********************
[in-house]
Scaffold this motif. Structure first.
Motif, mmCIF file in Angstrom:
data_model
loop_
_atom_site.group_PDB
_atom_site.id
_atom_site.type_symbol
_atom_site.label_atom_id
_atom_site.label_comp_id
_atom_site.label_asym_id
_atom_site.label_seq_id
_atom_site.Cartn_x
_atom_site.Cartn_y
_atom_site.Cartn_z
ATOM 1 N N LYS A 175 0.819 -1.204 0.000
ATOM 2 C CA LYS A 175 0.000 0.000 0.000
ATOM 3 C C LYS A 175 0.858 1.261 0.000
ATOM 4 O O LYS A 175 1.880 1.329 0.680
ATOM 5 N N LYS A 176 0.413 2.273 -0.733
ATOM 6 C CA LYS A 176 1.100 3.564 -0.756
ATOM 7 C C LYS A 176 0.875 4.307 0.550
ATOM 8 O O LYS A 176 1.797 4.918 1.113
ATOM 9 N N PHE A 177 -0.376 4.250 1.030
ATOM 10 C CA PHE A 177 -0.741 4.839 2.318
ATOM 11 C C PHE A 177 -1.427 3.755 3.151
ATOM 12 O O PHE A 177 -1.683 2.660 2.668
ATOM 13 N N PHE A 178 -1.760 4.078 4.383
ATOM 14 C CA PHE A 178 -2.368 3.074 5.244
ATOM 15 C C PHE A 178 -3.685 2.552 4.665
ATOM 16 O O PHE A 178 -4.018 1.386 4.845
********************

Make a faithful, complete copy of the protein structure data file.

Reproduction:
[in-house]
Scaffold this motif. Structure first.
Motif, mmCIF file in Angstrom:
data_model
loop_
_atom_site.group_PDB
_atom_site.id
_atom_site.type_symbol
_atom_site.label_atom_id
_atom_site.label_comp_id
_atom_site.label_asym_id
_atom_site.label_seq_id
_atom_site.Cartn_x
_atom_site.Cartn_y
_atom_site.Cartn_z
ATOM 1 N N LYS A 175 0.819 -1.204 0.000
ATOM 2 C CA LYS A 175 0.000 0.000 0.000
ATOM 3 C C LYS A 175 0.858 1.261 0.000
ATOM 4 O O LYS A 175 1.880 1.329 0.680
ATOM 5 N N LYS A 176 0.413 2.273 -0.733
ATOM 6 C CA LYS A 176 1.100 3.564 -0.756
ATOM 7 C C LYS A 176 0.875 4.307 0.550
ATOM 8 O O LYS A 176 1.797 4.918 1.113
ATOM 9 N N PHE A 177 -0.376 4.250 1.030
ATOM 10 C CA PHE A 177 -0.741 4.839 2.318
ATOM 11 C C PHE A 177 -1.427 3.755 3.151
ATOM 12 O O PHE A 177 -1.683 2.660 2.668
ATOM 13 N N PHE A 178 -1.760 4.078 4.383
ATOM 14 C CA PHE A 178 -2.368 3.074 5.244
ATOM 15 C C PHE A 178 -3.685 2.552 4.665
ATOM 16 O O PHE A 178 -4.018 1.386 4.845